Love, laughs, money, religion, tragedy, cross dressing, jests, wit & merriment all encompassed in Shakespeare’s great play.
‘The quality of mercy is not strained, it dropeth like gentle rain from heaven upon the place beneath’

The Pen versus The Sword

‘The pen is mightier than the sword…’ coined by Edward Bulwer-Lytton in 1839 for his play ‘Richelieu’
How many many people today pick up the pen & write something powerful, beautiful, moving, life changing? Today a hand written letter or note is a rarity, making the one you do receive all the more special & precious; yours to keep for life & maybe to pass on.
Anyone can do it, but too few do. The pen is a wonderful, immediate tool which has the ability to capture our unique creative thoughts & feelings of a single time that will one day be the distant past.

‘Go on doing with your pen what in other times was done with the sword.’ Thomas Jefferson (1796).

Peace versus War.
Love versus Hate.
The Pen versus The Sword.

‘The darling buds of May’

Poetry in nature, Nature in poetry; the two so intricately bound, they preserve each other beautifully.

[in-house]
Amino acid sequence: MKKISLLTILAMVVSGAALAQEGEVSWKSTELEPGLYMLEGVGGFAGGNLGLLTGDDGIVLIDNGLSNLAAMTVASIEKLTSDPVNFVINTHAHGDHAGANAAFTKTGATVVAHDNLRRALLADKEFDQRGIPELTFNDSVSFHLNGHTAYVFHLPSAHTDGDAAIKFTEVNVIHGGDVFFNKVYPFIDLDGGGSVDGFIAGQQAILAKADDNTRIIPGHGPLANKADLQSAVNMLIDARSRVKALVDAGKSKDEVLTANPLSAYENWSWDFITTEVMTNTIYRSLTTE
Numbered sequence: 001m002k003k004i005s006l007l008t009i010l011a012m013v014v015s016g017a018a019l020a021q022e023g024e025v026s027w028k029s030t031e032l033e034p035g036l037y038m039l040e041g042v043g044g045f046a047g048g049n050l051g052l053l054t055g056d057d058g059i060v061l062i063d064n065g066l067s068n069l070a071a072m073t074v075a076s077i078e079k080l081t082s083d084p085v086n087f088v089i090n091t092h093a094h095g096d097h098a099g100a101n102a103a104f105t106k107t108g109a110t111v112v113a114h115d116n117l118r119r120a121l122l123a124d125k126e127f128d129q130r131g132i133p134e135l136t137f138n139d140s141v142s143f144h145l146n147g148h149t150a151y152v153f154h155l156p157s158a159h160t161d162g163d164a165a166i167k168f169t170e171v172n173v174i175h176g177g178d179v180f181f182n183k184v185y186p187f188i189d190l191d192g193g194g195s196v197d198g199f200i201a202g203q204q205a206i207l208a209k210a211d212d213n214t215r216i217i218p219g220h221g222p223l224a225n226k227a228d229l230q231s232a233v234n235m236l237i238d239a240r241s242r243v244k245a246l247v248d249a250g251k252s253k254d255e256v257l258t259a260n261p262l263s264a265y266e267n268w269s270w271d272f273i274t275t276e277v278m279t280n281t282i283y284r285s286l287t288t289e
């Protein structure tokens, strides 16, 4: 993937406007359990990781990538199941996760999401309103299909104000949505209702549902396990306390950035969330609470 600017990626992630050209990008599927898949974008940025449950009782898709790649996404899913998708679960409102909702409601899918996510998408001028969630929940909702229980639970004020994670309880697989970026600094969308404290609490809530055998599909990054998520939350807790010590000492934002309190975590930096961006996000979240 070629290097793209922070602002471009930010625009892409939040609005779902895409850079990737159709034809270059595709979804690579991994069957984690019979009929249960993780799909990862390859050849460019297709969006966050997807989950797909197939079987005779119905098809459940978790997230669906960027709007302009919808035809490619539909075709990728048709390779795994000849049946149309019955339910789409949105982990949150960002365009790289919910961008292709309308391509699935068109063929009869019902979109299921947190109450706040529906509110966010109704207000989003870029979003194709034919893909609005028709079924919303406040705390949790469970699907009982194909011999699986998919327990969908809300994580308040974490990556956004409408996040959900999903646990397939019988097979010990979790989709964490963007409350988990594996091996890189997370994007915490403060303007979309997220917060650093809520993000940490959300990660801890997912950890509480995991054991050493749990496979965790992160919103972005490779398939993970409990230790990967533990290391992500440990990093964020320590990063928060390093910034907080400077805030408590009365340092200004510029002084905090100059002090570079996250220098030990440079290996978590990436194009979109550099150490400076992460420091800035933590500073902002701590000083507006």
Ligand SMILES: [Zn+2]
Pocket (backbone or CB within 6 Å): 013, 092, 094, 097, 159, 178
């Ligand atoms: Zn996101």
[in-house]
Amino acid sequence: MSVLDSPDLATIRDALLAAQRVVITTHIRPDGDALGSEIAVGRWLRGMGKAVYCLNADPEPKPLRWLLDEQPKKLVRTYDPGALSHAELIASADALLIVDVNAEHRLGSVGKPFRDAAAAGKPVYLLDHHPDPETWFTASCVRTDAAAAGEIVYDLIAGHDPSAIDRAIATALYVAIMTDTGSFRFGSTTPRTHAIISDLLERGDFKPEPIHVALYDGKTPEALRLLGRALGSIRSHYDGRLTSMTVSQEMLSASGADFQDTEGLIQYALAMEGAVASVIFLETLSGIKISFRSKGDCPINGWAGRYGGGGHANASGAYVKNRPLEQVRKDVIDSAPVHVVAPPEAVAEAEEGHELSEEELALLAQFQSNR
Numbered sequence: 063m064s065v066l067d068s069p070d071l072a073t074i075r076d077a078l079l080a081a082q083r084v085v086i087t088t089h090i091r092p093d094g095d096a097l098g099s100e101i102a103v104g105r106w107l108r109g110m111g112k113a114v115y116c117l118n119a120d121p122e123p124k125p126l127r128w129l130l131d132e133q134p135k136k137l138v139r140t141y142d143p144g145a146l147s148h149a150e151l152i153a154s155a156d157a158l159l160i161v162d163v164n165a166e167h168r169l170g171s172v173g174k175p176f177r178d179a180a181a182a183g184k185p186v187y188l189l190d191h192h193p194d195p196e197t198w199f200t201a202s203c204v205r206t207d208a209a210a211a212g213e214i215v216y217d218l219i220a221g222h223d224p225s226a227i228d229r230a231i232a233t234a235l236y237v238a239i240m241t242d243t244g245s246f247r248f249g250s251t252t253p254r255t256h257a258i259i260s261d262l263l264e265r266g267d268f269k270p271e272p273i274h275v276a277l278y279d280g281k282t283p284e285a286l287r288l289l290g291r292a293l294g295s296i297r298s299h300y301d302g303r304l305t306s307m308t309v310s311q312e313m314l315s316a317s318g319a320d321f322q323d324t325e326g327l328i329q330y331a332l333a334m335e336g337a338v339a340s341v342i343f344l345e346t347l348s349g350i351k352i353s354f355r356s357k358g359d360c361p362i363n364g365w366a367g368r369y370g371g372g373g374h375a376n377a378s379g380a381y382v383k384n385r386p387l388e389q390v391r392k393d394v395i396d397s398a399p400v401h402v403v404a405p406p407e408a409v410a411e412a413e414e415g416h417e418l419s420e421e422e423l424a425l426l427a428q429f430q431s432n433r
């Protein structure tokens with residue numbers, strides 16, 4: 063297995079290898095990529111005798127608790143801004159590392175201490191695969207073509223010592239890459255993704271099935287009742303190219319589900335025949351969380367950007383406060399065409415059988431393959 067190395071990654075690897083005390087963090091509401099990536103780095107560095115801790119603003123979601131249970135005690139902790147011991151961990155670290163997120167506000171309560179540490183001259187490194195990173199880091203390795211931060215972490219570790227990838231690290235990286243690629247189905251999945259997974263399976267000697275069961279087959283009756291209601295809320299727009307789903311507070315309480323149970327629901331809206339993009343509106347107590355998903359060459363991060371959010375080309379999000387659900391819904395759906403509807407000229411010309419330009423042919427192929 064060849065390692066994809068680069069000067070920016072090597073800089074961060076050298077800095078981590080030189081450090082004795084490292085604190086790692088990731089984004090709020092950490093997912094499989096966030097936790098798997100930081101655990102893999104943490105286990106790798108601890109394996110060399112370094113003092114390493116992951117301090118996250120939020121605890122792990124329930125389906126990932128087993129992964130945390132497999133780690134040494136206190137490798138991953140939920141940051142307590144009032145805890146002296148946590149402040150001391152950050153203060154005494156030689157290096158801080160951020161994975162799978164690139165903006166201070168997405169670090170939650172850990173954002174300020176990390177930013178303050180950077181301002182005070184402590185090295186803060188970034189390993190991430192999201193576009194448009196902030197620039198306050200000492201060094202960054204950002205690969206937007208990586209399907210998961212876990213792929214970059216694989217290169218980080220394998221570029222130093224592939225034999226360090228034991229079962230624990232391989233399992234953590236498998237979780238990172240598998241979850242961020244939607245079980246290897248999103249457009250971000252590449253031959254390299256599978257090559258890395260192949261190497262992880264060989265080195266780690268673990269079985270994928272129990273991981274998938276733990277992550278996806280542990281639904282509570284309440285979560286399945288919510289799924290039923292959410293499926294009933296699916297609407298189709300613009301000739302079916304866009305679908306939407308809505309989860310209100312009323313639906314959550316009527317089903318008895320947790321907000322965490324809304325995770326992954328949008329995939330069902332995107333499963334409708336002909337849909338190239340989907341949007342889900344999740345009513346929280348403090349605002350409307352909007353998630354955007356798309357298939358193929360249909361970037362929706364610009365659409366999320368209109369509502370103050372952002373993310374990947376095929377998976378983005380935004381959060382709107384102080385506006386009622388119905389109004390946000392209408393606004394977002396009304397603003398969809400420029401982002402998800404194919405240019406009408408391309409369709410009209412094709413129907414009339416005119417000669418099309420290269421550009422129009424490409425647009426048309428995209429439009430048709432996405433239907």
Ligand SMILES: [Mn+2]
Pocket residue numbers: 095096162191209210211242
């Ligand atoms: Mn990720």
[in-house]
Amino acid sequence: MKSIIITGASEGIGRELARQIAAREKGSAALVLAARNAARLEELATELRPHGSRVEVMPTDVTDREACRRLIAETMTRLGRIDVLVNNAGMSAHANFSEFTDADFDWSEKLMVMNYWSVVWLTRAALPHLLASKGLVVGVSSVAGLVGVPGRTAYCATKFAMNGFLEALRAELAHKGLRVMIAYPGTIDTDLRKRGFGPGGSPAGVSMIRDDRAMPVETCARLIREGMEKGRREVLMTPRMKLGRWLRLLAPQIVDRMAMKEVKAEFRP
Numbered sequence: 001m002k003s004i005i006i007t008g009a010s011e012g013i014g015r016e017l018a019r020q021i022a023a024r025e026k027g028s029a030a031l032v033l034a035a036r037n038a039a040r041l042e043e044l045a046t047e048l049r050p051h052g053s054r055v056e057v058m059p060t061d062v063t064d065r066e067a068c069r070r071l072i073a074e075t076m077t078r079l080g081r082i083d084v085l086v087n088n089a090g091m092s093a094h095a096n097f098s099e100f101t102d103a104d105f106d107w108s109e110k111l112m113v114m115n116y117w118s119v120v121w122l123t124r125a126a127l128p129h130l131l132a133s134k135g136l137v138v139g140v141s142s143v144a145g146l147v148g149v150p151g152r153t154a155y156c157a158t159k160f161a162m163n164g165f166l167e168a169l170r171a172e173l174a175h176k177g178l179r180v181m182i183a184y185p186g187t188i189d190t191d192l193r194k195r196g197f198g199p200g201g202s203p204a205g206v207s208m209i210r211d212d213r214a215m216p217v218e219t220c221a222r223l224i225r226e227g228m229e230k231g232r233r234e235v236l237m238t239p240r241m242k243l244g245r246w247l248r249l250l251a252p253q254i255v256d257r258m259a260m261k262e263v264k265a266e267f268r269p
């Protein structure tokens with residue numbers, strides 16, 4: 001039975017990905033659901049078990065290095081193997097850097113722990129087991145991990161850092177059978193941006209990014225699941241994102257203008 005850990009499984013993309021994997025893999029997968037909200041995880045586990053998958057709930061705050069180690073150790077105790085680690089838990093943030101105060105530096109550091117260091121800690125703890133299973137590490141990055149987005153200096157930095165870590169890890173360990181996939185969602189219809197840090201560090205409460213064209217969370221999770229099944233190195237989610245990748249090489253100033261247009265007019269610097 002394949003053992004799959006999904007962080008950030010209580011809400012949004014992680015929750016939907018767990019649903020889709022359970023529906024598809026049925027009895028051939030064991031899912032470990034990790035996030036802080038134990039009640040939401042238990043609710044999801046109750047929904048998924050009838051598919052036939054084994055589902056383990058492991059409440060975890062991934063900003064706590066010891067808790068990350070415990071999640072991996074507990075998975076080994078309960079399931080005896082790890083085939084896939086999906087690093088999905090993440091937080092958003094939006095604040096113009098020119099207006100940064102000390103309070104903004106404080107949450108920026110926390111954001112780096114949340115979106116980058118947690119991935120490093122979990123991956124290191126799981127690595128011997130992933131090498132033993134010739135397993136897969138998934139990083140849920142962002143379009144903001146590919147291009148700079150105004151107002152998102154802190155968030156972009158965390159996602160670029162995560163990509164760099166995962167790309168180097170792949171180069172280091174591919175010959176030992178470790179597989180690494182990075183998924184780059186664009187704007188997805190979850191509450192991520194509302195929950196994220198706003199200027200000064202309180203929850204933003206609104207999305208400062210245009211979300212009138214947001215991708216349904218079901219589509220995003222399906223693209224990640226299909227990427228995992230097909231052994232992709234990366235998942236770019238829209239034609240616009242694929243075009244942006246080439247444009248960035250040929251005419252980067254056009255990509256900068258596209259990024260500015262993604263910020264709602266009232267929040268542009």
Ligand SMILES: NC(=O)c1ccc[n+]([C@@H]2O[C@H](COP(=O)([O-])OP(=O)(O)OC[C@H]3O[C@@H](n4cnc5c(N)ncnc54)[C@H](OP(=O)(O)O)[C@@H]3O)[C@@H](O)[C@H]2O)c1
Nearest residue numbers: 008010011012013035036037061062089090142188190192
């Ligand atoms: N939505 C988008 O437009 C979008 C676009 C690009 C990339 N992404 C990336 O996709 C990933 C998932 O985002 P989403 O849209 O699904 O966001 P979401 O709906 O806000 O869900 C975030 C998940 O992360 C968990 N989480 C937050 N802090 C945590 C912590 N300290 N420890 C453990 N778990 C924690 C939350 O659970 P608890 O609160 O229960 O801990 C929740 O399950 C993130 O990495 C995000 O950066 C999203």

In everything we see & do, we find poetry: a word, a line, a couplet, a verse; our language is peppered with worn phrases & quotations, part remembered & stored in our minds ready to be recited just at the perfect moment.
Be amazed! We have an incomparable poetic heritage and however young or old the poem or ourselves, there is a poetry moment waiting inside us all.
We can think & breathe the same life as our chosen poet has all those years ago; we too see the same beauty or feel the same pain.

‘Rough winds do shake the darling buds of May
And summer’s lease hath all too short a date…’
Sonnet 18, William Shakespeare, 1609

William Shakespeare & I agree: the winds are whipping up the delicate apple blossoms & an English summer never lasts long enough. Kate Barnwell, 2015

‘ In Flanders Fields’ 3rd May 1915

In the commemorative years of the First World War, let’s take a 2 minutes silence to reflect on the extraordinary poetry created during this horrific period, 1914-1918.
It is 100 years today since the distinguished Canadian doctor & War poet’s poet John McCrae wrote ‘In Flanders Fields’ first appearing anonymously in the magazine ‘Punch’ in 1915.
These are perhaps some of the most famous & quoted lines of the whole war: eloquent, detached, evocative, uncluttered by personality & unfettered by individual experience. They were, ‘born of fire and blood during the hottest phase of the second battle of Ypes.’